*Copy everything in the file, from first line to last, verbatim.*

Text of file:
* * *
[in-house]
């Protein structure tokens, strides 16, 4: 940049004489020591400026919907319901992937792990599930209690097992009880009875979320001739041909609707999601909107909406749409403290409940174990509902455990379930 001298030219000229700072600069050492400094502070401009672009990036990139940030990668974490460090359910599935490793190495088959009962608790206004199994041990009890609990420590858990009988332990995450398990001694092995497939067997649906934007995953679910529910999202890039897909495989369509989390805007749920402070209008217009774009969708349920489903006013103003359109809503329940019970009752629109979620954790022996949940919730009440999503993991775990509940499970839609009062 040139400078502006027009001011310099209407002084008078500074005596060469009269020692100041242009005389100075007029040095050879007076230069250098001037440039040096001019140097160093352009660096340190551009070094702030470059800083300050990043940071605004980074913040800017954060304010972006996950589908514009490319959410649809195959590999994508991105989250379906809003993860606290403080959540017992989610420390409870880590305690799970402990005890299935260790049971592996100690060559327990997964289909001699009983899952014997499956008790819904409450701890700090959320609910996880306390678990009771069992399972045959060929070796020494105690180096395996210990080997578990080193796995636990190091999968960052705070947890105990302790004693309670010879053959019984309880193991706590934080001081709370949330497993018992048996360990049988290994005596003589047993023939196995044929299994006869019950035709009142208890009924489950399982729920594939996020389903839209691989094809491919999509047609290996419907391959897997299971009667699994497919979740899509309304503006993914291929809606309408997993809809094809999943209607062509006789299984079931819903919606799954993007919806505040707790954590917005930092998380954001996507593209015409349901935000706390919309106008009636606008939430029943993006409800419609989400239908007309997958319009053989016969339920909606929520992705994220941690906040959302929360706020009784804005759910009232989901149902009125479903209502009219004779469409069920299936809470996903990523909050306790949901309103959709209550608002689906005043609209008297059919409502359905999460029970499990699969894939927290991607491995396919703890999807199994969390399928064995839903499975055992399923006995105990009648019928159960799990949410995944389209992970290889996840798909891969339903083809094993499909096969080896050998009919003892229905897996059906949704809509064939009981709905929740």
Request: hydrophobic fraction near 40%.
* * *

[in-house]
């Protein structure tokens, strides 16, 4: 940049004489020591400026919907319901992937792990599930209690097992009880009875979320001739041909609707999601909107909406749409403290409940174990509902455990379930 001298030219000229700072600069050492400094502070401009672009990036990139940030990668974490460090359910599935490793190495088959009962608790206004199994041990009890609990420590858990009988332990995450398990001694092995497939067997649906934007995953679910529910999202890039897909495989369509989390805007749920402070209008217009774009969708349920489903006013103003359109809503329940019970009752629109979620954790022996949940919730009440999503993991775990509940499970839609009062 040139400078502006027009001011310099209407002084008078500074005596060469009269020692100041242009005389100075007029040095050879007076230069250098001037440039040096001019140097160093352009660096340190551009070094702030470059800083300050990043940071605004980074913040800017954060304010972006996950589908514009490319959410649809195959590999994508991105989250379906809003993860606290403080959540017992989610420390409870880590305690799970402990005890299935260790049971592996100690060559327990997964289909001699009983899952014997499956008790819904409450701890700090959320609910996880306390678990009771069992399972045959060929070796020494105690180096395996210990080997578990080193796995636990190091999968960052705070947890105990302790004693309670010879053959019984309880193991706590934080001081709370949330497993018992048996360990049988290994005596003589047993023939196995044929299994006869019950035709009142208890009924489950399982729920594939996020389903839209691989094809491919999509047609290996419907391959897997299971009667699994497919979740899509309304503006993914291929809606309408997993809809094809999943209607062509006789299984079931819903919606799954993007919806505040707790954590917005930092998380954001996507593209015409349901935000706390919309106008009636606008939430029943993006409800419609989400239908007309997958319009053989016969339920909606929520992705994220941690906040959302929360706020009784804005759910009232989901149902009125479903209502009219004779469409069920299936809470996903990523909050306790949901309103959709209550608002689906005043609209008297059919409502359905999460029970499990699969894939927290991607491995396919703890999807199994969390399928064995839903499975055992399923006995105990009648019928159960799990949410995944389209992970290889996840798909891969339903083809094993499909096969080896050998009919003892229905897996059906949704809509064939009981709905929740």
Request: hydrophobic fraction near 40%.